The rise of influencer marketing is one of the hottest trends in social media for brands.
According to Linqia’s The State of Influencer Marketing 2017 report, 86% of respondents said they were using influencer marketing, and of that number, 94% found it to be an effective tactic.
However, close to 80% of the respondents found it was challenging to determine the ROI of its influencer marketing programs. And, almost 50% were challenged by which influencers to work with.
Done right, influencer marketing is a long-term tactic – there is a lengthy dating process between influencer and brand, and an even longer time to determine effectiveness for influencer and brand.
Is Brand Advocacy better?
Brand Advocacy may have lost some of its luster because influencer marketing is the “it” tactic right now. But, its ROI is higher than most marketing programs.
Thus, brand advocacy may be better than influencer marketing.
- Brands earn advocates by creating remarkable experiences that stimulate customers to tell others. The recommendation is a by-product of the investment in creating quality experiences. In that sense, it’s nearly cost-free.
- Brand advocates share recommendations at ‘moments of delight’ in the customer journey when prompted. You don’t have to pay them. In fact, doing so taints the process.
- Consumers trust recommendations made without any incentive because they are more authentic. The lack of vested interest is what makes brand advocates’ testimonials so powerful.
Influencer marketing has gained popularity, in part, because of the reach each influencer has.
It’s become effective for brands to compensate influencers so they can tap into the influencer’s large social following.
But, for how long?
The more successful an influencer is at driving measurable actions from their audience, the more brands will typically have to pay. And, this “pay to play” perception for influencer marketing has left a bad taste in people’s mouths.
The real issue is that while influencers can generate awareness, many aren’t able to drive behaviors to impact revenues. Many brands either don’t directly ask for that action, preferring a loose relationship, or go so far as to push influencers to pitch a sale that it loses authenticity, and fails.
[bctt tweet=”…while influencers can generate awareness, many aren’t able to drive behaviors to impact revenues.” username=”@sdepolo”]
So, what is the value of influencer marketing?
Influencer Marketing appears to be headed in the same direction as paid/sponsored social media – increasing in cost with no end in sight.
On the other hand, while each brand advocate may have a small social media reach, the impact of their social posts is significant.
Brand Advocacy In Action
In all cases, results were similarly impressive.
For example, GoDaddy’s advocates generate thousands of positive reviews and social media posts each month. On average, each review or story shared by our advocates generates six ‘inbound clicks.’ That means that six of their friends or followers clicked through to read their positive brand mention or recommendation.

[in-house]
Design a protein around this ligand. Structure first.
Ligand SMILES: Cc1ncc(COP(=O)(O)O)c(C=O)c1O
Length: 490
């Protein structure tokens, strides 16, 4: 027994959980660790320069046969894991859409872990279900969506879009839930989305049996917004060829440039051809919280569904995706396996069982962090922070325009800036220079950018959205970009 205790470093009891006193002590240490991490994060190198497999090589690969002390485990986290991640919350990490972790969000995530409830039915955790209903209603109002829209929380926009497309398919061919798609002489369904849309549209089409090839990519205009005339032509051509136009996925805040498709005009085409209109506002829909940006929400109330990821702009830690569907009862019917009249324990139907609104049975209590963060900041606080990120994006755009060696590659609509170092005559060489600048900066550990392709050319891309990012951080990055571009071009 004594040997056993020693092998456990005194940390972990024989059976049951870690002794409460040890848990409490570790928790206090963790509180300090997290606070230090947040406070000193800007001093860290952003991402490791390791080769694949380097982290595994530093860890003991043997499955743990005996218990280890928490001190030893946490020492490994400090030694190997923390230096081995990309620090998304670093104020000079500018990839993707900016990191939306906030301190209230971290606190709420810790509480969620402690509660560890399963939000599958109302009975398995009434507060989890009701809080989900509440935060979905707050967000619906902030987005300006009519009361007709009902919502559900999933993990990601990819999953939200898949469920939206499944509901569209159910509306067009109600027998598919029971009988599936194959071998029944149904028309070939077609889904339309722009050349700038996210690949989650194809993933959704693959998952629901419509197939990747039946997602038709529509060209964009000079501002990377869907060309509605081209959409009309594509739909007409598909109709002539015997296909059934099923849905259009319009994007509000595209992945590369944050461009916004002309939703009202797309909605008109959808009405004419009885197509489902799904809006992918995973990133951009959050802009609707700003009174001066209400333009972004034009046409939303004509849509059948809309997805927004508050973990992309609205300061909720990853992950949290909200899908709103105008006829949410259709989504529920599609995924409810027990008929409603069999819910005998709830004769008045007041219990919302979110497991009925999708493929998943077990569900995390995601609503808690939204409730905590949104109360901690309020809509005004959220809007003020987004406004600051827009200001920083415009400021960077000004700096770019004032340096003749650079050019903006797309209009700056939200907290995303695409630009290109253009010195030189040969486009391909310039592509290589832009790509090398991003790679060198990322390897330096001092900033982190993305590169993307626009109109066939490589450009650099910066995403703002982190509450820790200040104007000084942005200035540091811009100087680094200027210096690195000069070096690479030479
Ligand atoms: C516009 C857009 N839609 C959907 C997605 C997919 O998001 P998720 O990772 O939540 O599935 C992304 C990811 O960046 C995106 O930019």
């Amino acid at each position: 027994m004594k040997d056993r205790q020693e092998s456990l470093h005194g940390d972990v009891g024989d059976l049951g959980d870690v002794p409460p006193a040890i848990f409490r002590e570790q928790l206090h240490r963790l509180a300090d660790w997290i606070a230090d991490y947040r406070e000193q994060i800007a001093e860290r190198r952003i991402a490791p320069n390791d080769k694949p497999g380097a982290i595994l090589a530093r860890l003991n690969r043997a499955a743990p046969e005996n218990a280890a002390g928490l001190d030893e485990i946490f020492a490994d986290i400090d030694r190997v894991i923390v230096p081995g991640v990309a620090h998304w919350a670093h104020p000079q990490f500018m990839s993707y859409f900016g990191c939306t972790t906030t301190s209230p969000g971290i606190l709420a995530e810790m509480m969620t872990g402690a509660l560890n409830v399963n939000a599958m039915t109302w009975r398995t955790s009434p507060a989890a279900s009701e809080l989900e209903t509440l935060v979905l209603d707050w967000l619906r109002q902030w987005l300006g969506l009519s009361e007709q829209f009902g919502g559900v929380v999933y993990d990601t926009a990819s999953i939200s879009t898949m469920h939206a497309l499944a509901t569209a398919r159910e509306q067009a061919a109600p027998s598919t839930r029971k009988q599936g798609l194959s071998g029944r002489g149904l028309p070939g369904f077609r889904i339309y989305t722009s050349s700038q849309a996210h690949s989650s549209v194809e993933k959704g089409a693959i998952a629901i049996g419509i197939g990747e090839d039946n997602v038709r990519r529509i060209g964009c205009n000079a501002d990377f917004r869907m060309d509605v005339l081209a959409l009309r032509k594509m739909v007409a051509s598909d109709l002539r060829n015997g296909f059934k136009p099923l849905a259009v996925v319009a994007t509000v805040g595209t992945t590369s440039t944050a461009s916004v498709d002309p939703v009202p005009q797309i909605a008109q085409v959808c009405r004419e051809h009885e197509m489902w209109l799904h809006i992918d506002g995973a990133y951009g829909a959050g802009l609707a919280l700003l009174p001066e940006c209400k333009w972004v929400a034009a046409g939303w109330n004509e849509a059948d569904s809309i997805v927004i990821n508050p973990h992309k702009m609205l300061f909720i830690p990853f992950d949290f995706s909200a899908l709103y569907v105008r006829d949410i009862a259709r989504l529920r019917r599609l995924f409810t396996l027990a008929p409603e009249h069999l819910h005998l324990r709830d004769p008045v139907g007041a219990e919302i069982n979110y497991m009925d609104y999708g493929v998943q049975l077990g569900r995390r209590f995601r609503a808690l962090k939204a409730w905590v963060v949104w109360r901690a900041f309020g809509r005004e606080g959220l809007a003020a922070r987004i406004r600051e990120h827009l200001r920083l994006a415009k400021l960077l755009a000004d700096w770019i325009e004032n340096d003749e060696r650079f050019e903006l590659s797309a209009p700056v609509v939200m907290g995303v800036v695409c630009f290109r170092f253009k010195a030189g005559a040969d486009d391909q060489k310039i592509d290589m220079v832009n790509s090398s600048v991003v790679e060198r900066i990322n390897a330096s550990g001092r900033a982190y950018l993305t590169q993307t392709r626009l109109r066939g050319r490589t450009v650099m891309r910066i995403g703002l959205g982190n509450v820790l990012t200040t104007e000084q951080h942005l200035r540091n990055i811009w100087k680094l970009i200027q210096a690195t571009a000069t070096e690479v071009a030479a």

And, with the average number of Facebook and Twitter followers at 338 and 200, respectively, people think content shared is compelling.
We also track sales generated in the 30 days following exposure to content shared by advocates. We use sophisticated tracking software to attribute sales to the program. Each month our advocates’ social posts help us acquire new customers and we see increased orders from existing customers.
While this attribution model is not perfect, it’s another proof point. Compared to other social media programs, it demonstrates better ROI than most.
Our influencer marketing program is too new to compare to this.
Based on stories of other brands who are further along, I predict brand advocacy will end up being a more efficient investment.
Brand advocacy programs can be easier to scale than influencer programs.
At GoDaddy, we prompt advocates to recommend us immediately after they answer our satisfaction survey with a high score. Once we set up the form that collects the reviews and invites advocates to share them on social media, the program is mostly on auto-pilot.
Since 2012, we’ve been adding new ways to identify and engage advocates. This has earned us an army of 600,000 advocates who have shared either a review or story. We’ve also been able to easily translate these campaigns into multiple foreign languages.
Influencer marketing takes time, whether done manually or through a platform. While some automation is possible, it’s still a lot of manual outreach that doesn’t scale easily.
And, while influencer marketing is still maturing, brand advocacy is better than influencer marketing to achieve an immediate ROI in many cases. In the end, brand advocacy and influencer marketing will converge, as micro-influencers who are natural advocates for brands fall somewhere in-between these approaches. I’ll cover that in future posts, so we hope you’ll subscribe to get notified when we post new content.